New Age Islam News Bureau
8 Jul 2012
• A Lot of Girls Attain Puberty at Age 12, Does It Mean They Can Be Married Off
• Taliban Publicly Execute Woman near Kabul: Officials
• Libya's politicians finally wake up to the power of women
• Bhartiya Muslim Mahila Andolan: Codify Muslim Personal Law
• France Rejects Footballers' Hijab
• Send Me to Pakistan, Haryana Lawyer on Dharna at Attari Demands
Compiled by New Age Islam News Bureau
Photo: A Lot of Girls Attain Puberty at Age 12, Does It Mean They Can Be Married Off
A Lot of Girls Attain Puberty at Age 12, Does It Mean They Can Be Married Off
June 8th 2012,
A Delhi High Court ruling that a Muslim girl can marry once she attains the age of puberty has sharply split the community, with clerics backing the law and virtually everyone else against it.
Muslim religious leaders across the country are pleased with the court edict that based its judgment on the Sharia, the moral code and religious law of Islam. While criminal laws in India apply to all equally, communities are allowed their own personal laws.
“According to Mohammedan law, a girl can marry without the consent of her parents once she attains the age of puberty,” Justices S. Ravindra Bhat and S.P. Garg said recently.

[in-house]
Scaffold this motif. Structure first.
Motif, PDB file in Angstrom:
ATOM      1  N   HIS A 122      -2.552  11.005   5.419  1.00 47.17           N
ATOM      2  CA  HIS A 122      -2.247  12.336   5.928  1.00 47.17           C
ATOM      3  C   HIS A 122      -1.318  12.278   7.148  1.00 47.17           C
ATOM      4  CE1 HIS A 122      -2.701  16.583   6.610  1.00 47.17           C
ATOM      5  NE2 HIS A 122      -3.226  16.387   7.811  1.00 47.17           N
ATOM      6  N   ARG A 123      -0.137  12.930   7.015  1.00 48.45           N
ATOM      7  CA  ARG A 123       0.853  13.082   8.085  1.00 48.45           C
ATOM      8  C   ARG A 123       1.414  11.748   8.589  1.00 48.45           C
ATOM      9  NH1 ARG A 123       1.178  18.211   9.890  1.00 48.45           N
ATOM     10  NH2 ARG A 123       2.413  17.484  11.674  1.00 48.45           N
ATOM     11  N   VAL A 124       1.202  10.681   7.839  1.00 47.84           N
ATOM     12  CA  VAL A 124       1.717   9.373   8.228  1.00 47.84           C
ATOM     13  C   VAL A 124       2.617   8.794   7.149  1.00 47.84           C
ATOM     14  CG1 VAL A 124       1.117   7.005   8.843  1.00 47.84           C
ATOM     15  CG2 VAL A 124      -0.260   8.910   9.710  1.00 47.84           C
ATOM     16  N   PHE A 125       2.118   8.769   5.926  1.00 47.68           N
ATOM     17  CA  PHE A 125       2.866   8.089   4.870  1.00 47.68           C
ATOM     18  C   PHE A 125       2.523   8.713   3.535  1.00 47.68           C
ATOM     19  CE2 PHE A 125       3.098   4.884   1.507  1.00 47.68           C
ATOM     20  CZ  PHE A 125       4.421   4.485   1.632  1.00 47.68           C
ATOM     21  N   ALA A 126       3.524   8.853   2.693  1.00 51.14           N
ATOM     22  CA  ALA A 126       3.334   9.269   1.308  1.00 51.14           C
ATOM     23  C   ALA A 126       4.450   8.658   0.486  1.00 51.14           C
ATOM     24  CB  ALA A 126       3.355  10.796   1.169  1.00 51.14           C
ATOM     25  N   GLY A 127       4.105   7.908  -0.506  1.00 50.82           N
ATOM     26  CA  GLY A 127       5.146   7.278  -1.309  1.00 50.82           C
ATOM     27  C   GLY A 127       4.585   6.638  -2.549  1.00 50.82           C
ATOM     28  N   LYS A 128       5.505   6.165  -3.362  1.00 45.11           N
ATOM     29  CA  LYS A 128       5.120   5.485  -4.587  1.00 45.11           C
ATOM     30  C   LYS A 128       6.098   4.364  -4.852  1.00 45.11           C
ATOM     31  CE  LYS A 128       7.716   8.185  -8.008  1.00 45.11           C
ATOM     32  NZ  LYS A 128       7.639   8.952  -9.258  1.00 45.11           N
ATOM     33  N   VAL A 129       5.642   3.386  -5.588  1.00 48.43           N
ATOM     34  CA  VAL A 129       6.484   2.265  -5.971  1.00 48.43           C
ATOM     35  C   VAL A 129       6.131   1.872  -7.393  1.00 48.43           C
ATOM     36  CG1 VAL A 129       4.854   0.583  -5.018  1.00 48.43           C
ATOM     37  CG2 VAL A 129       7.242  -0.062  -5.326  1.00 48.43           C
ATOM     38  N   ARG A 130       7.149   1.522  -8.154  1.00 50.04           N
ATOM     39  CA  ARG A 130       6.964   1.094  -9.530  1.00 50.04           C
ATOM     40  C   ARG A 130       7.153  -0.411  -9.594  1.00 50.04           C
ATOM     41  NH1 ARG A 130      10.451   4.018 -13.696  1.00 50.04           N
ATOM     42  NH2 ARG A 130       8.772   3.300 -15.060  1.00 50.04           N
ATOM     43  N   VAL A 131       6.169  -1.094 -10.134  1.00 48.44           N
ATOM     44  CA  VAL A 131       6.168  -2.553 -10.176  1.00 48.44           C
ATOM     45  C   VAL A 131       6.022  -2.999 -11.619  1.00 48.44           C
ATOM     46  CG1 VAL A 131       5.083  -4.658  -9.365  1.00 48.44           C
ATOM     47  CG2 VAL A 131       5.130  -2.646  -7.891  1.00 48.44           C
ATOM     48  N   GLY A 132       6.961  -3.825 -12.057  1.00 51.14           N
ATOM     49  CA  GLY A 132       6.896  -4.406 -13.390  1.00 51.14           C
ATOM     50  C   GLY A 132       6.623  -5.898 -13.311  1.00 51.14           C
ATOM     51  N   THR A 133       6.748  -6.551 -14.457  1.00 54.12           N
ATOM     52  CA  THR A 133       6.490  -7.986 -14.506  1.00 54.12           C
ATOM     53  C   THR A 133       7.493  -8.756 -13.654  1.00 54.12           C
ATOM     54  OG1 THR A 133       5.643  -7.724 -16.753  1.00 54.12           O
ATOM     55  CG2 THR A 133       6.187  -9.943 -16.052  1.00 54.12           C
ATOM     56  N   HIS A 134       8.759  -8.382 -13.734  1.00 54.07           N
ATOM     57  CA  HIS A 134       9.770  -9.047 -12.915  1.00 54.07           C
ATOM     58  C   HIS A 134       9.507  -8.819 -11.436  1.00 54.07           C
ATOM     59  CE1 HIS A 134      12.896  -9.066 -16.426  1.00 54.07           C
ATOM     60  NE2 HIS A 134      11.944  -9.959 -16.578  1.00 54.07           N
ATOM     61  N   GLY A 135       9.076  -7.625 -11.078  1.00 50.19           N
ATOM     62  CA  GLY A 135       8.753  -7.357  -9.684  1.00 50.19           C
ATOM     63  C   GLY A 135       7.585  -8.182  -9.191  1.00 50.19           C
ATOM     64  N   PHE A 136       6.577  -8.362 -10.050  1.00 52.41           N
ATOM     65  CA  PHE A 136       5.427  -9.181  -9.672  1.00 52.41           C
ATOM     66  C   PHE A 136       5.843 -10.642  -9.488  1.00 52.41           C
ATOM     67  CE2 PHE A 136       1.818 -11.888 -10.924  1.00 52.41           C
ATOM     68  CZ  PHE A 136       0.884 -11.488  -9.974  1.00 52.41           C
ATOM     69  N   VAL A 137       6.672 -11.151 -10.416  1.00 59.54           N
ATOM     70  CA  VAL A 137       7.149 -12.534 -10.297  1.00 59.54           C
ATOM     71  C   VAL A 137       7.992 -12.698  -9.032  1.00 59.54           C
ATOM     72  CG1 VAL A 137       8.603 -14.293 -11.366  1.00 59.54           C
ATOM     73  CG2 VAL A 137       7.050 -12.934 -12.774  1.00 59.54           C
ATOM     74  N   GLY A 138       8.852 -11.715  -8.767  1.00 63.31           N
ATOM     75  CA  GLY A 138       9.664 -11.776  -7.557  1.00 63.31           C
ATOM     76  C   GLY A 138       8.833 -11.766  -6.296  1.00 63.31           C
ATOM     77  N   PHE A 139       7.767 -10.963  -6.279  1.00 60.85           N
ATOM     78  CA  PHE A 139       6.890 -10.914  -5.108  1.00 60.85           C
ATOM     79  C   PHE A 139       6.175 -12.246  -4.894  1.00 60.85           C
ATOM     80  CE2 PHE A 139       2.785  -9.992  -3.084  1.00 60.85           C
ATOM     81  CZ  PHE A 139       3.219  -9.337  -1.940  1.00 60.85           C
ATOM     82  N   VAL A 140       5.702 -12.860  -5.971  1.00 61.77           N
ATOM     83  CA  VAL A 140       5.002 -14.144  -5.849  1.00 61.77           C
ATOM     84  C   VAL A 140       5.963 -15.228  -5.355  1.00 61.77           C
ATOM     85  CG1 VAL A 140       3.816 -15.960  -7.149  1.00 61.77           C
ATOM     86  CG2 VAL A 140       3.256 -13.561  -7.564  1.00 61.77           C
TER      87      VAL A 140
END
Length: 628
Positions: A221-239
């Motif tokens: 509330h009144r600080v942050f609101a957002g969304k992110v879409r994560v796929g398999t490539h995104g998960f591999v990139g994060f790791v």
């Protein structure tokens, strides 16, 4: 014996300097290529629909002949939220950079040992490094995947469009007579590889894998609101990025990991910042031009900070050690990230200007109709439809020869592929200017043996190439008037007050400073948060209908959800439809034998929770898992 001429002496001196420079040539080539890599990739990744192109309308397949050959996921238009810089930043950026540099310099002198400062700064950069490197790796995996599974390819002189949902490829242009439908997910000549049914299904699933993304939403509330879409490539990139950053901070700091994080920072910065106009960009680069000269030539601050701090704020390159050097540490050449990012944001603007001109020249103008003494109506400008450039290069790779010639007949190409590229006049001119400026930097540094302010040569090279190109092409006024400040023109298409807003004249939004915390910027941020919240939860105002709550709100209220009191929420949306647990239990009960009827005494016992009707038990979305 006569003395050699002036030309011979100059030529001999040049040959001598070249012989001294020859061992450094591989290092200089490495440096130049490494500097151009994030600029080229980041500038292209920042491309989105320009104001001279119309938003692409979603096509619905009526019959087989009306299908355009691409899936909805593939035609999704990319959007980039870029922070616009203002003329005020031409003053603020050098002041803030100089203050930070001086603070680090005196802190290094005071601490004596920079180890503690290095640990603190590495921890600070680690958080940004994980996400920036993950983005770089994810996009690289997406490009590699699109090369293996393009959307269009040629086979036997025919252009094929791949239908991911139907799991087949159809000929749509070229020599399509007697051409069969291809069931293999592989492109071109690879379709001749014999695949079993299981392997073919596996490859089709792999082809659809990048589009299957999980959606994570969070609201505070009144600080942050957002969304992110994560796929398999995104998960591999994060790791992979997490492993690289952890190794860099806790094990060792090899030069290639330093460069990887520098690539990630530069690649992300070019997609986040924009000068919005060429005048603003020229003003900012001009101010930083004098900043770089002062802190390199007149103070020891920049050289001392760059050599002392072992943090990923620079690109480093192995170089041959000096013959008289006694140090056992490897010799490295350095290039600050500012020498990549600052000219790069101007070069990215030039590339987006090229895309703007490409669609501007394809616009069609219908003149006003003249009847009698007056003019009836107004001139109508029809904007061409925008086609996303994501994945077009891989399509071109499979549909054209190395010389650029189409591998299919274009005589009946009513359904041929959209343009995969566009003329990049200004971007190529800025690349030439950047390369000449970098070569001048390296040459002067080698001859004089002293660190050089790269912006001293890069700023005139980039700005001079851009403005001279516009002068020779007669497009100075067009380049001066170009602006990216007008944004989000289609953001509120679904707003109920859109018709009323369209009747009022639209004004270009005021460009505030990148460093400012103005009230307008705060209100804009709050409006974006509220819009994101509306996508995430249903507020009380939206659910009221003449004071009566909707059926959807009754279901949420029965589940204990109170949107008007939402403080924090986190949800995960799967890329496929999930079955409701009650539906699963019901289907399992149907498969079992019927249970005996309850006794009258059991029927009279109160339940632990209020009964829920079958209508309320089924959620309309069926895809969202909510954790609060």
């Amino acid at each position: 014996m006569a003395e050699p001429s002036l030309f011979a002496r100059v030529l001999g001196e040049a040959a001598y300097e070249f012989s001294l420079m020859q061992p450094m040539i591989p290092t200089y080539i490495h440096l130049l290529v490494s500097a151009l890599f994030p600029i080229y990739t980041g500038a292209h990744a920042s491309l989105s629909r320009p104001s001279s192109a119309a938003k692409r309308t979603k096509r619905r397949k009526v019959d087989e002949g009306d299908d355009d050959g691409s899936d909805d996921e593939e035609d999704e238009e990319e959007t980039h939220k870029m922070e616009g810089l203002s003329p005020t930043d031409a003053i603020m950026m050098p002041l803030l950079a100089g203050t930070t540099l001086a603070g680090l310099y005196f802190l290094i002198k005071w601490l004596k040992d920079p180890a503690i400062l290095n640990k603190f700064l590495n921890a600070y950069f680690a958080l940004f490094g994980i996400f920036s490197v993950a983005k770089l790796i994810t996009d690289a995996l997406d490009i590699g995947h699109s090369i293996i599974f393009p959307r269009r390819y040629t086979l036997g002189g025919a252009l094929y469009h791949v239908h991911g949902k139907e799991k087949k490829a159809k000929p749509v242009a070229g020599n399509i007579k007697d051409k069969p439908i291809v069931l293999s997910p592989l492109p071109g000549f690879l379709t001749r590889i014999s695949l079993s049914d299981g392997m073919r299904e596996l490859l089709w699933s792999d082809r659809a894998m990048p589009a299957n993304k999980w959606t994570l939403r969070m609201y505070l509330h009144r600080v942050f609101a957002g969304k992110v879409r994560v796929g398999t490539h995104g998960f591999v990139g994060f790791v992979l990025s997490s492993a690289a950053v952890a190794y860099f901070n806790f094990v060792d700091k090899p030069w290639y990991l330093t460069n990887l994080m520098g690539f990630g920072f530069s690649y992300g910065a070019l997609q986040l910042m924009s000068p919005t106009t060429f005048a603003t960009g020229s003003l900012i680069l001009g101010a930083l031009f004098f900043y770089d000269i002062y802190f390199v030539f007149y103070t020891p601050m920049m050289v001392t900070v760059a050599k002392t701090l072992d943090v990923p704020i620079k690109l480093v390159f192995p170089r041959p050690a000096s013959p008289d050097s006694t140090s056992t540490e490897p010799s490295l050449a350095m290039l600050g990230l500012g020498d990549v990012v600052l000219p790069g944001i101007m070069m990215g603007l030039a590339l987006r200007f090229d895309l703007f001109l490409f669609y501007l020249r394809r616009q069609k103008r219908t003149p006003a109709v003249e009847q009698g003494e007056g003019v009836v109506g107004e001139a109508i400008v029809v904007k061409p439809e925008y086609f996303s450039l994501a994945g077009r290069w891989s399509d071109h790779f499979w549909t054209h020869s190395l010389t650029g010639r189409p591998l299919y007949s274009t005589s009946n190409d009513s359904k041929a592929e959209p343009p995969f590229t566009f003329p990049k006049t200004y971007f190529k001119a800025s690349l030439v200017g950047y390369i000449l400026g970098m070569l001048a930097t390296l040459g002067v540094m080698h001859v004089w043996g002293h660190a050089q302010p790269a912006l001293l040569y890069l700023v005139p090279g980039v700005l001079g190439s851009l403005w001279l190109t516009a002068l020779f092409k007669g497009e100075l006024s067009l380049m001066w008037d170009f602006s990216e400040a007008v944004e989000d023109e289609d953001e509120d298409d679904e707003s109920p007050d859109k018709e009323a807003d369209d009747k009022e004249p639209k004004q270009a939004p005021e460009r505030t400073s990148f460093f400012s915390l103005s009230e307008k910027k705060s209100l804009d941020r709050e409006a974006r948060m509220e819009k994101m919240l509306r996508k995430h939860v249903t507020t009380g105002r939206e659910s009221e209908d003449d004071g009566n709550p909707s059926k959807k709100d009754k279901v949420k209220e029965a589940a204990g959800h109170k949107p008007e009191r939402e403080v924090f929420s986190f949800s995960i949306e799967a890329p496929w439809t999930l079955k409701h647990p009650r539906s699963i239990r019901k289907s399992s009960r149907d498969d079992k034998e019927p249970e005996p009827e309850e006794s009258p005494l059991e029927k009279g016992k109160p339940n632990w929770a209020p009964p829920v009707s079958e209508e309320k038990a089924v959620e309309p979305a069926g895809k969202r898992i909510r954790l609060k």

The bench was ruling on a Delhi Muslim girl's contention that she had married on her own free will when she was 15 years old and that her mother's charge that she had been abducted be dropped. She won the case.
Well-known Bengali writer Syed Mustafa Siraj is amongst those who are shocked that a court has given legal sanction for puberty-marriage when the official minimum age to wed in India is 18 for females and 21 for males.
“A lot of girls attain puberty at age 12,” Siraj told IANS in Kolkata. “Does it mean they can be married off when they are barely 12-13? I protest against this ruling.”
Bangalore-based writer Farida Rahamatullah agreed: “Whatever the personal laws of Muslims, Hindus or Christians, it is a crime to let a 15-year-old girl marry and begin a family life when she ought to be studying, playing and dreaming of a career and a job.”
“In fact, the law courts should protect the girls and ensure they exercise the right to marry or not till they turn major at 18 years. Fifteen is too young an age to decide their future as they will be immature, indulgent and vulnerable to the hazards of a family life.”